JDFTx is a plane-wave density functional code designed for Joint Density Functional Theory (JDFT), a framework for ab initio calculations of electronic systems in contact with liquid environments. It is distributed under the GPL license (version 3 or higher) and publications resulting from its use must cite the following:
For any given calculation, JDFTx prints out a list of relevant citations for optional features of the code used in that run. This output appears at the end of initialization just before the first electronic solve starts.
JDFTx evolved from an earlier in-house research code in the Arias research group at Cornell called DFT++, but at this point has been almost entirely rewritten in a modern object oriented framework taking advantage of C++11 for expressive code with advanced memory management, and CUDA for leveraging the computational power of GPUs. See [Compiling] for details on unlocking various features.
Unlike most other electronic structure codes, JDFTx performs total energy minimization using analytically continued energy functionals implemented within the algebraic formulation described in the above references, rather than density-mixing SCF schemes. Hence our motto "Our SCF never diverges, because we don't do SCF". This might be advantageous for vanilla DFT calculations in some cases (try your problematic systems out!), but it is quite important for reliable convergence in the presence of liquids, particularly with charged systems.
The framework of Joint Density functional theory is described in:
which should be cited for work using any of the fluid models. A polarizable continuum-like solvation approach which replaces the fluid by a local dielectric response is also described in that paper. The capability for handling charged systems and absolute voltage references for electrochemistry is added by incorporating ionic screening in the fluid according to:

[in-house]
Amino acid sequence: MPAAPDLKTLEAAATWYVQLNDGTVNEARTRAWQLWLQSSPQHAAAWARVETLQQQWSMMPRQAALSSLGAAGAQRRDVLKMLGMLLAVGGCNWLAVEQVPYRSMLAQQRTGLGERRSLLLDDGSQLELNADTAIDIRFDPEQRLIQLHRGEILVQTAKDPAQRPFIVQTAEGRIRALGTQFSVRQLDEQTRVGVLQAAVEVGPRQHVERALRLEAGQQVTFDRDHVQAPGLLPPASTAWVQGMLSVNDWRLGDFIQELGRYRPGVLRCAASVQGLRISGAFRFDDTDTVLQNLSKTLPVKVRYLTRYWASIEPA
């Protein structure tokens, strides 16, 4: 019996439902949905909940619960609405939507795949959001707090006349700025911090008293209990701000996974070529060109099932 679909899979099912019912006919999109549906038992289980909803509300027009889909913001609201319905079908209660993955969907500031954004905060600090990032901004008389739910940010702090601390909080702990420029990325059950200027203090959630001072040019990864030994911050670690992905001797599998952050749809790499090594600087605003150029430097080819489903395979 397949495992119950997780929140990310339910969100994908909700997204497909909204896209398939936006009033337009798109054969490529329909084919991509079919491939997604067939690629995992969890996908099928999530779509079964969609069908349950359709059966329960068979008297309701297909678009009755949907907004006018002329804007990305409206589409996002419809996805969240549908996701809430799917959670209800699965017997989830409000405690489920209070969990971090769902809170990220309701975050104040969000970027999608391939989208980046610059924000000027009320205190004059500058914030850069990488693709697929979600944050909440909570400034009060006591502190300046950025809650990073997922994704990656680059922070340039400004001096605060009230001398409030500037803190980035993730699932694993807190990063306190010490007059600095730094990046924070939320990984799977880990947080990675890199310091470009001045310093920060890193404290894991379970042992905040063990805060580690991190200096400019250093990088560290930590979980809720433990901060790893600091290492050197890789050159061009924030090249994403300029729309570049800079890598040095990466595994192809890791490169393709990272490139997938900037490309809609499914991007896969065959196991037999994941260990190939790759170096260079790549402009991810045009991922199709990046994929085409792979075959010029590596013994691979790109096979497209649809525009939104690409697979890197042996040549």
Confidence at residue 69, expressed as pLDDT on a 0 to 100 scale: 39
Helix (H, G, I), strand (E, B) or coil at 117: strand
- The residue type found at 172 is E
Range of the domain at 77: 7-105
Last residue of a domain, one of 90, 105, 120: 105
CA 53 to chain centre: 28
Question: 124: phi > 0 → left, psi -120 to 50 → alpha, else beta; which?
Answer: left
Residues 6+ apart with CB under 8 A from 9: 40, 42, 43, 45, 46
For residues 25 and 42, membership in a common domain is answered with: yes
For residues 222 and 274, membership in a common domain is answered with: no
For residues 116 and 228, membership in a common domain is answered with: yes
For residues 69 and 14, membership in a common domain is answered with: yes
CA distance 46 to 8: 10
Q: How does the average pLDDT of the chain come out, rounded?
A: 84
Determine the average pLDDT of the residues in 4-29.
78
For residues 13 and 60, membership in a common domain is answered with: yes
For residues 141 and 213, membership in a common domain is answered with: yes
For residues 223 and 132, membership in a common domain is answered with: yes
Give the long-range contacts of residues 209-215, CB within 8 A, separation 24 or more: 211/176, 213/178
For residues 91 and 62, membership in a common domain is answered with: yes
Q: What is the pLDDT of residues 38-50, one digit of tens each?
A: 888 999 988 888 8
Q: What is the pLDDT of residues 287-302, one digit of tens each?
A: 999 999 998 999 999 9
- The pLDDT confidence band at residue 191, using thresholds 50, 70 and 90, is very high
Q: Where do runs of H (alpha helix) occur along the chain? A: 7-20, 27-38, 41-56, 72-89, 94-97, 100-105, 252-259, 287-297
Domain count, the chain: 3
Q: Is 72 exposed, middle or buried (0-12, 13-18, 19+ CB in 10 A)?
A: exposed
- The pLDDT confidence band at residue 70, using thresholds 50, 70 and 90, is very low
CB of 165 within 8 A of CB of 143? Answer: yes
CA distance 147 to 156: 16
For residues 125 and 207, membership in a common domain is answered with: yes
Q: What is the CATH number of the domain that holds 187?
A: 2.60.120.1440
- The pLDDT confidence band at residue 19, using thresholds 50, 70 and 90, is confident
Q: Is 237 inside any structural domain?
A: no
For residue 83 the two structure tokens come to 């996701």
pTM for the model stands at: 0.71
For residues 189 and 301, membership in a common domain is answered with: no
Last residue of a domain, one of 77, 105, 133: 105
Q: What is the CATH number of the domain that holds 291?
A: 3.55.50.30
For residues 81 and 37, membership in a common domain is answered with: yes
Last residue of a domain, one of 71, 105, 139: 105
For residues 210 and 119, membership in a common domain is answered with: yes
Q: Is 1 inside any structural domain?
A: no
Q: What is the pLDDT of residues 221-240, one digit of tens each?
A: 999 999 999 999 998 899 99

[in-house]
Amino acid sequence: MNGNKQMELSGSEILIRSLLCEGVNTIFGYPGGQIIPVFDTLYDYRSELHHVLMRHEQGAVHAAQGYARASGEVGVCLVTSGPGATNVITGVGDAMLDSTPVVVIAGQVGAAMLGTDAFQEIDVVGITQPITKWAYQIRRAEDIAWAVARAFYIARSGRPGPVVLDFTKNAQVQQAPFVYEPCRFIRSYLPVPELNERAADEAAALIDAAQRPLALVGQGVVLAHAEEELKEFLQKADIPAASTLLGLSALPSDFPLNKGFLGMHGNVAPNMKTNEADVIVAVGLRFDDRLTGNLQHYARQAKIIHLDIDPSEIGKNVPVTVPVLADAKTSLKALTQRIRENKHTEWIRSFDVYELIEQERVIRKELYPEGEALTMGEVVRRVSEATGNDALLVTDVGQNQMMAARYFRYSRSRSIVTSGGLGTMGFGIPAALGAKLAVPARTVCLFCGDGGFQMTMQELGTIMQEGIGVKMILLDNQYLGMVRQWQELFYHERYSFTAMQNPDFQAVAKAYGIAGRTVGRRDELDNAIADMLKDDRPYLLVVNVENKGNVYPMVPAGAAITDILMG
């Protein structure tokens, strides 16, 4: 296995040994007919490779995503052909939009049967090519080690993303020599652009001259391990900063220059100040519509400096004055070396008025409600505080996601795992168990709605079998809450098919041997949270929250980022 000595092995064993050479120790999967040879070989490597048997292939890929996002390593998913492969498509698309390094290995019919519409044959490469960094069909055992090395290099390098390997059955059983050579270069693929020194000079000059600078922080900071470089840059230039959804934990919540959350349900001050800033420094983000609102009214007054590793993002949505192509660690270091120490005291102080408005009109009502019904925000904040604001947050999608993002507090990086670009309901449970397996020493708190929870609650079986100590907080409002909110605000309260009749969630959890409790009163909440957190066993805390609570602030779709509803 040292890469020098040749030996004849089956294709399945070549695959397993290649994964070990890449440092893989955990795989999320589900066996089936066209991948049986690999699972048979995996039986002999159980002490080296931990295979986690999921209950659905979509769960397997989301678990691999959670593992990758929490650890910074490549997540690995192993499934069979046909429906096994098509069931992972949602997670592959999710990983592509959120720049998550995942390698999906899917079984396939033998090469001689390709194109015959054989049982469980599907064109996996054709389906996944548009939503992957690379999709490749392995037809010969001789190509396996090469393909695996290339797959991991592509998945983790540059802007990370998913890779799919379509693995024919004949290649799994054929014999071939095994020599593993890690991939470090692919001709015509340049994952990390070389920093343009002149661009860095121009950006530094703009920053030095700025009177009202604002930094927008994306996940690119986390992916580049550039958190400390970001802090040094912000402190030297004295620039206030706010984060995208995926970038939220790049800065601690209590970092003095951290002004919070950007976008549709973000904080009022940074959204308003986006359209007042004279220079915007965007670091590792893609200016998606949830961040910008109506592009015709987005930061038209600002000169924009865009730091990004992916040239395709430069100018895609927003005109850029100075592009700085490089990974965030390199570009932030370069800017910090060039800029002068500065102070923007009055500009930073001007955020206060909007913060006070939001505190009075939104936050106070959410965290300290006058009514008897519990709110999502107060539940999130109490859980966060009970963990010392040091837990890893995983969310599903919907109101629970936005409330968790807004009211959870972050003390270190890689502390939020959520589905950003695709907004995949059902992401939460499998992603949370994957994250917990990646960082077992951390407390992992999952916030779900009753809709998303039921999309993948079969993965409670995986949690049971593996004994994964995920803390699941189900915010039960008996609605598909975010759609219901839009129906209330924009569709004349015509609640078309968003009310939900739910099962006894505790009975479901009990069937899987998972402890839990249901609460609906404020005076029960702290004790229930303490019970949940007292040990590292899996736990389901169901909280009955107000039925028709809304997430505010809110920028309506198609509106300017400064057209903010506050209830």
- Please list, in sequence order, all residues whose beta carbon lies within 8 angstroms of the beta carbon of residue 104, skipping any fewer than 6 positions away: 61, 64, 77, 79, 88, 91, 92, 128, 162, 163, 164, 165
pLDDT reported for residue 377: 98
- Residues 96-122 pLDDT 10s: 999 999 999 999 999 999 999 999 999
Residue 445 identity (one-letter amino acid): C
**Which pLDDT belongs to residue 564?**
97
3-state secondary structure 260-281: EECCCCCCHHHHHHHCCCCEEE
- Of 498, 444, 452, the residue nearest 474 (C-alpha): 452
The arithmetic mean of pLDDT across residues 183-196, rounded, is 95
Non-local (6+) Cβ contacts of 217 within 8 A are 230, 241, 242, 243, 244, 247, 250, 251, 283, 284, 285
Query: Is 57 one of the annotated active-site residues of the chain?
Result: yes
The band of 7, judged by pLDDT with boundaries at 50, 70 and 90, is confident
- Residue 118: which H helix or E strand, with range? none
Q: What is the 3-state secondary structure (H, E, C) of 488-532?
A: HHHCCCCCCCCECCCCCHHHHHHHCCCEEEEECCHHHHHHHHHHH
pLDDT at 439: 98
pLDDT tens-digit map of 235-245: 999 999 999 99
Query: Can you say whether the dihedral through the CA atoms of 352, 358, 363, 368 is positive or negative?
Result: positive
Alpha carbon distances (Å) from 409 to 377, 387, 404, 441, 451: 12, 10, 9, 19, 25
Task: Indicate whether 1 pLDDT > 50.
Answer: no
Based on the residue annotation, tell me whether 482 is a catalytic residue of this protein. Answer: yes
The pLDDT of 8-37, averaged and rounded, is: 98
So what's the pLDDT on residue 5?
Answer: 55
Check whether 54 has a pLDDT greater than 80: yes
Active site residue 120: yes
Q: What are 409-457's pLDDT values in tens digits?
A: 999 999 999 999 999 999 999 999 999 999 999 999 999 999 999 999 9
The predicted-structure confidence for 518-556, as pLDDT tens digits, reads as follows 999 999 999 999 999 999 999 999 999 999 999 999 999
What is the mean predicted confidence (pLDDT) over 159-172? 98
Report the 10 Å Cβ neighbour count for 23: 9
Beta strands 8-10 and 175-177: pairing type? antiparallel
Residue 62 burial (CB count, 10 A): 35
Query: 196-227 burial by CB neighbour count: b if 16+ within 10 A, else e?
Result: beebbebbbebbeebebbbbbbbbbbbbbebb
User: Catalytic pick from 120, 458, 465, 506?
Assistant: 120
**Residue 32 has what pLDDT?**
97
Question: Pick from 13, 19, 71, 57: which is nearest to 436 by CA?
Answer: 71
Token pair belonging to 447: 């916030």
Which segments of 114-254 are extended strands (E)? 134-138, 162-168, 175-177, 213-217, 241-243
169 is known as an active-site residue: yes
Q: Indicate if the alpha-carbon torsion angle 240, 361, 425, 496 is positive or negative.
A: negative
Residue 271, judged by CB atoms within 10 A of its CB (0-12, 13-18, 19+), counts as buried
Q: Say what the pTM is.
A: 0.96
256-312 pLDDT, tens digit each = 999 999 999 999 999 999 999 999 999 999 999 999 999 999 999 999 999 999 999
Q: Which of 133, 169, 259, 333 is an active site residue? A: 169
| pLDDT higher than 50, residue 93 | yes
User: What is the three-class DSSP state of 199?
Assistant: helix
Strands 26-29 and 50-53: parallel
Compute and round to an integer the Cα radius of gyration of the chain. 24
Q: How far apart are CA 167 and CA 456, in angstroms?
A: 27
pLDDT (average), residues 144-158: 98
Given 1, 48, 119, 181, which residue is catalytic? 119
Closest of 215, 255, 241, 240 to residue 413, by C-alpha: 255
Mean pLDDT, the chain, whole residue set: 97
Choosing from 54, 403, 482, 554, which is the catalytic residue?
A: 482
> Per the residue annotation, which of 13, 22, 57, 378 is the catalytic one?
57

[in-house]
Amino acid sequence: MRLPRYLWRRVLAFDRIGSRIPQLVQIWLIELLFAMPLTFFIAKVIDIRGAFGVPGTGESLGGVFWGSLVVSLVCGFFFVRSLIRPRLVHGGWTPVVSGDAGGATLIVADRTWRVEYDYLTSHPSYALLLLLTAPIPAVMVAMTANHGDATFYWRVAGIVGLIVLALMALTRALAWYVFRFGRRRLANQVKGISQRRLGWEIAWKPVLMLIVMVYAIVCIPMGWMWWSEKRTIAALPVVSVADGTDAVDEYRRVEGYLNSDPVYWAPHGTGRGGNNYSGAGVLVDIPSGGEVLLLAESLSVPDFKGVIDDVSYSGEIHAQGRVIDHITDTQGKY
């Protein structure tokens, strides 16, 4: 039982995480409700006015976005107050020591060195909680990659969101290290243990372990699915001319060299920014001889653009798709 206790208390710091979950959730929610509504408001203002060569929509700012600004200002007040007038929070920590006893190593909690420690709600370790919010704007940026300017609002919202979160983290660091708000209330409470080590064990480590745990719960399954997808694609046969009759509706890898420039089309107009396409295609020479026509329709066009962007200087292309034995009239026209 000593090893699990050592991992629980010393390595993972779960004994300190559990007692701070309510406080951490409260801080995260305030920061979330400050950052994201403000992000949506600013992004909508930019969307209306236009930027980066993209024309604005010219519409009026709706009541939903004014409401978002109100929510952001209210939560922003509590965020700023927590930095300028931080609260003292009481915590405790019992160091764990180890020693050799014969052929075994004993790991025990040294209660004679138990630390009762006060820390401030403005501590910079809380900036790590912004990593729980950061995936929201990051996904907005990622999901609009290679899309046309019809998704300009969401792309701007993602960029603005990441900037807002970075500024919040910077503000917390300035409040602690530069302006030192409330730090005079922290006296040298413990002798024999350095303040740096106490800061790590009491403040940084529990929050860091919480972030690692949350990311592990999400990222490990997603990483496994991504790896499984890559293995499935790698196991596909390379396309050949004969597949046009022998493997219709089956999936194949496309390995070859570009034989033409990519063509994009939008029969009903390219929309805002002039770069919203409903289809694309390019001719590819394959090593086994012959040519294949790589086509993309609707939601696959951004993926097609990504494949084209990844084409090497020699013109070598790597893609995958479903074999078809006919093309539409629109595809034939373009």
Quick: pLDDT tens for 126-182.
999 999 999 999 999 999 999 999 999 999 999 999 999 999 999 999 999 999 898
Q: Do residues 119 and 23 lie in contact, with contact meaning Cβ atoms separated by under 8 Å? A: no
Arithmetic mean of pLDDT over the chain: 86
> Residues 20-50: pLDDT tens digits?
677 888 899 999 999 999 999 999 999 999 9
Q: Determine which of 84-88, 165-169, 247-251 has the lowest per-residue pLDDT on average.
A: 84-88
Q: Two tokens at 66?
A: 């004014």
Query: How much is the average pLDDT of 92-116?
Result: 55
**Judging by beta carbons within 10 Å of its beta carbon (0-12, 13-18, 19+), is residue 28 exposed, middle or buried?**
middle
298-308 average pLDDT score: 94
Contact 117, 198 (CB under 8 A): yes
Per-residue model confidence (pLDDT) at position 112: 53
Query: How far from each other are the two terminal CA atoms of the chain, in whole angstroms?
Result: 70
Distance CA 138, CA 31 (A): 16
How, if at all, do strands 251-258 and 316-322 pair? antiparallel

Recently reparametrized versions of the polarizable continuum model which include cavitation and dispersion terms and allow for nonlinear dielectric and ionic response according to
The full power of Joint Density functional theory is unleashed when the electronic density functional is coupled to an explicit classical free energy functional for the fluid. The coupling is typically achieved using density-only electronic functionals as described in
and available functionals for water include
JDFTx also incorporates advanced algorithms for converging metallic systems with finite temperature Fermi function fillings, critical for the study of electrochemical systems. Our implementation extends an analytically continued free energy functional version of the joint orbital and occupation minimization scheme,
to include minimization at constant chemical potential.
JDFTx also supports solvating Quantum Monte Carlo (QMC) calculations, by producing trial wavefunctions and external potentials for use in the QMC software CASINO, as described in:
Please check back here (or in the code output after upgrading to the latest version) for updates on citations that are under preparation.
|This material is based upon work supported as part of the Energy Materials Center at Cornell (EMC2), an Energy Frontier Research Center funded by the U.S. Department of Energy, Office of Science, Office of Basic Energy Sciences under Award Number DE-SC0001086.|